A recent question asked about joining two adjectives together. It used the following example:

(example 1) きれい静か

As I understand it, this is the combination of the 連用形 of きれいだ with the 連体形 of 静かだ. Let's turn this example into 終止形 instead of 連体形 for my question:

(example 2) 町はきれい静か

According to this answer, you can also join two adjectives with . In this case, I would replace with and add :

(example 3) 町はきれいだし静か

I think this means the same thing as example 2. (According to sawa's answer here, the て-form has two restrictions, "it implies temporal order" and "volitionality of what is connected must match". Neither restriction sounds relevant in this case, so I don't think replacing with だし changes the meaning.)

However, what if I were to change it back to 連体形 like in example 1? Can I join two adjectives with し like this:

(example 4) きれいだし静か

I feel like example 4 is wrong because it parses as two separate clauses, like きれいだ plus 静かな町, which doesn't make sense to me. In contrast, I think example 1 is parsed as きれいで静かな modifying , which does make sense to me.

Am I correct that you can't join adjectives with し before a noun like in example 4?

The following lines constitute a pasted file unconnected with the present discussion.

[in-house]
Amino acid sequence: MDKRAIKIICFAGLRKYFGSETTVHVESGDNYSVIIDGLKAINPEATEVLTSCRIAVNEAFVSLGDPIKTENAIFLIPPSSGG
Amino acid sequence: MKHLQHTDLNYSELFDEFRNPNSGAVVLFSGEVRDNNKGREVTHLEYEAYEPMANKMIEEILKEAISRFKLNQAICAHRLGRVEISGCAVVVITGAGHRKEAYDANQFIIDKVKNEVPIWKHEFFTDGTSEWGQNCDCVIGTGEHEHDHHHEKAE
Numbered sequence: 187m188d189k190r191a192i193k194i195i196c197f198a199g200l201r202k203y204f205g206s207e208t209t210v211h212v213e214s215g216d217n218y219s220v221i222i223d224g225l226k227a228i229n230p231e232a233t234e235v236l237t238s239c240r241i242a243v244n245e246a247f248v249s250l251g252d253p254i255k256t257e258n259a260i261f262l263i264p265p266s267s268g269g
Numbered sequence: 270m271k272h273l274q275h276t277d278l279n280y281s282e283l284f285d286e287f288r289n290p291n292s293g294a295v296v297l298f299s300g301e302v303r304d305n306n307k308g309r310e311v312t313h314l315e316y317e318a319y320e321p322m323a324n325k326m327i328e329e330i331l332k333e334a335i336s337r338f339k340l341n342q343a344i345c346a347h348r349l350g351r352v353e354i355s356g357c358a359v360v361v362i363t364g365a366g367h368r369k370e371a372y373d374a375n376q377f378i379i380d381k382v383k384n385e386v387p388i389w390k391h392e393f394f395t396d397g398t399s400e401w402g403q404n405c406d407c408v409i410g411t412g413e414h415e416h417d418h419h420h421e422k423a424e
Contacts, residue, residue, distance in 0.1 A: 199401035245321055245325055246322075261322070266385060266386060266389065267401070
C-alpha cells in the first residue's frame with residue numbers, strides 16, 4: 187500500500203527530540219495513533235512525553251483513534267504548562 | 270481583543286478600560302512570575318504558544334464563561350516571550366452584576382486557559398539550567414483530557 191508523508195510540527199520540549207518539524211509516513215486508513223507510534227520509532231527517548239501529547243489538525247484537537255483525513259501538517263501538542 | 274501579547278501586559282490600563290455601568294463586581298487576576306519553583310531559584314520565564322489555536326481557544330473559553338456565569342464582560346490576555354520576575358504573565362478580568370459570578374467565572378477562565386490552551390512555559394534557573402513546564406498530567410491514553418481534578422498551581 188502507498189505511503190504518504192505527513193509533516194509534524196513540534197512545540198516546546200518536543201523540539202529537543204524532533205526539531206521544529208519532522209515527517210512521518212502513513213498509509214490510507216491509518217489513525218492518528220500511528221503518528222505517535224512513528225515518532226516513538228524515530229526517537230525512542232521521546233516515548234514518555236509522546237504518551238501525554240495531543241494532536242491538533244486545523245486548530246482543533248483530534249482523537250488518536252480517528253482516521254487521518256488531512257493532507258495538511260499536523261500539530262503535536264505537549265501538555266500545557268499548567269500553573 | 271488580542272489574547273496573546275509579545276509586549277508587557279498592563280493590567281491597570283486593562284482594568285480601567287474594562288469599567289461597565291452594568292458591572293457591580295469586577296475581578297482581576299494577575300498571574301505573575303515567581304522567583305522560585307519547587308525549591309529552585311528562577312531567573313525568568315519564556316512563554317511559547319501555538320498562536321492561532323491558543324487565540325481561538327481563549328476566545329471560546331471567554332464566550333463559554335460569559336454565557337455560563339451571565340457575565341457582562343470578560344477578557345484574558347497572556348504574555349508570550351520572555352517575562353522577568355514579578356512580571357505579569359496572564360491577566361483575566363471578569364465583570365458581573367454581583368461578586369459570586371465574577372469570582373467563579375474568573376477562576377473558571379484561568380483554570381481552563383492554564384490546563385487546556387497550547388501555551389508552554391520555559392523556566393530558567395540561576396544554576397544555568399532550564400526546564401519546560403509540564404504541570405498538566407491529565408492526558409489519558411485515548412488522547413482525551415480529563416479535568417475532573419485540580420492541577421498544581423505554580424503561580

• Strictly speaking し is not to be used on its own. The structure is ~し~し. (It does occur by itself in spoken language, but only by ellipsis.) The result can't modify any noun phrase directly.
    – Earthliŋ
    Commented Feb 13, 2013 at 20:50
  • 1
    @user1205935 I'm looking at the examples for し on 大辞林. A lot of them only contain one し. What am I missing?
    – user1478
    Commented Feb 13, 2013 at 20:56
  • I found this. I feel that the other uses derive from ~し~し, i.e. a single ~し suggests that there is a list of things. Delete "in spoken language" from my previous comment.
    – Earthliŋ
    Commented Feb 13, 2013 at 21:11

1 Answer 1


Strictly speaking し is better used in its full form ~し~し. E.g.

This town is pretty, it is quiet—it seems to be very liveable.

(It does occur by itself, but a longer list is usually implied. There are other uses that derive from this one, but that is a different matter.)

It lists any number of properties, which support your statement in the rest of the sentence. The list, however, is grammatically removed from the rest of the sentence. That is, the result can't modify anything (na-adjective, noun) directly. Your examples 3 & 4 are borderline. They would sound more natural with a structure ~し~し like my example above.


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